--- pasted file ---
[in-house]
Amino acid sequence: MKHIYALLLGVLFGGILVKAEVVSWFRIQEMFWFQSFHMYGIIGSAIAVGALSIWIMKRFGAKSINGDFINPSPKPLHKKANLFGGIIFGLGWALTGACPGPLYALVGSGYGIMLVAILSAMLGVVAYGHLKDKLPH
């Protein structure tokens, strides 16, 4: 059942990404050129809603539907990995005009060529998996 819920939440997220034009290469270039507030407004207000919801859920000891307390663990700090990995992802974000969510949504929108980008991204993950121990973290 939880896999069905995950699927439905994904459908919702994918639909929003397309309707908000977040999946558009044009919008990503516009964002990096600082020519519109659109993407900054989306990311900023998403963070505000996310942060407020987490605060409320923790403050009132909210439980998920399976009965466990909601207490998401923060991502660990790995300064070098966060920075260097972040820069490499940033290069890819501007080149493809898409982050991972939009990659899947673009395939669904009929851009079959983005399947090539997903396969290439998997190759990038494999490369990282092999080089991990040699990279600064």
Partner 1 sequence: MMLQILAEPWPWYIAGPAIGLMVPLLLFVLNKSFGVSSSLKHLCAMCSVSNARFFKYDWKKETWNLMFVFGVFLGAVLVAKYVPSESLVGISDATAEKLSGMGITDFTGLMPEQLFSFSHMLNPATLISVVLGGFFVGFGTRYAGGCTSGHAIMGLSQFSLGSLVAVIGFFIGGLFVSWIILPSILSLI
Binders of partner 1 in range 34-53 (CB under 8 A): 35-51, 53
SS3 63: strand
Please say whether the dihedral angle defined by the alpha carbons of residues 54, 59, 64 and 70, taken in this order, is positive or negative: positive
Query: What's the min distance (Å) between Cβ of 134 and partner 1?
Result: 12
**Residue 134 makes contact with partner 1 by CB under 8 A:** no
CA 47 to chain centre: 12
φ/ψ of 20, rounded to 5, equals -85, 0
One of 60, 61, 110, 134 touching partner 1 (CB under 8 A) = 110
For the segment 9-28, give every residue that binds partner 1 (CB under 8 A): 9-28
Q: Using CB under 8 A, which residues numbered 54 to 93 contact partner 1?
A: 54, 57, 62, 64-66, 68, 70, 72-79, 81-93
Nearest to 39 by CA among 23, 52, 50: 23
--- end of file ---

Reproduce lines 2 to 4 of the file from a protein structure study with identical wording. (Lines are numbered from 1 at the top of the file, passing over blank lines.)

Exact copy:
Amino acid sequence: MKHIYALLLGVLFGGILVKAEVVSWFRIQEMFWFQSFHMYGIIGSAIAVGALSIWIMKRFGAKSINGDFINPSPKPLHKKANLFGGIIFGLGWALTGACPGPLYALVGSGYGIMLVAILSAMLGVVAYGHLKDKLPH
């Protein structure tokens, strides 16, 4: 059942990404050129809603539907990995005009060529998996 819920939440997220034009290469270039507030407004207000919801859920000891307390663990700090990995992802974000969510949504929108980008991204993950121990973290 939880896999069905995950699927439905994904459908919702994918639909929003397309309707908000977040999946558009044009919008990503516009964002990096600082020519519109659109993407900054989306990311900023998403963070505000996310942060407020987490605060409320923790403050009132909210439980998920399976009965466990909601207490998401923060991502660990790995300064070098966060920075260097972040820069490499940033290069890819501007080149493809898409982050991972939009990659899947673009395939669904009929851009079959983005399947090539997903396969290439998997190759990038494999490369990282092999080089991990040699990279600064």
Partner 1 sequence: MMLQILAEPWPWYIAGPAIGLMVPLLLFVLNKSFGVSSSLKHLCAMCSVSNARFFKYDWKKETWNLMFVFGVFLGAVLVAKYVPSESLVGISDATAEKLSGMGITDFTGLMPEQLFSFSHMLNPATLISVVLGGFFVGFGTRYAGGCTSGHAIMGLSQFSLGSLVAVIGFFIGGLFVSWIILPSILSLI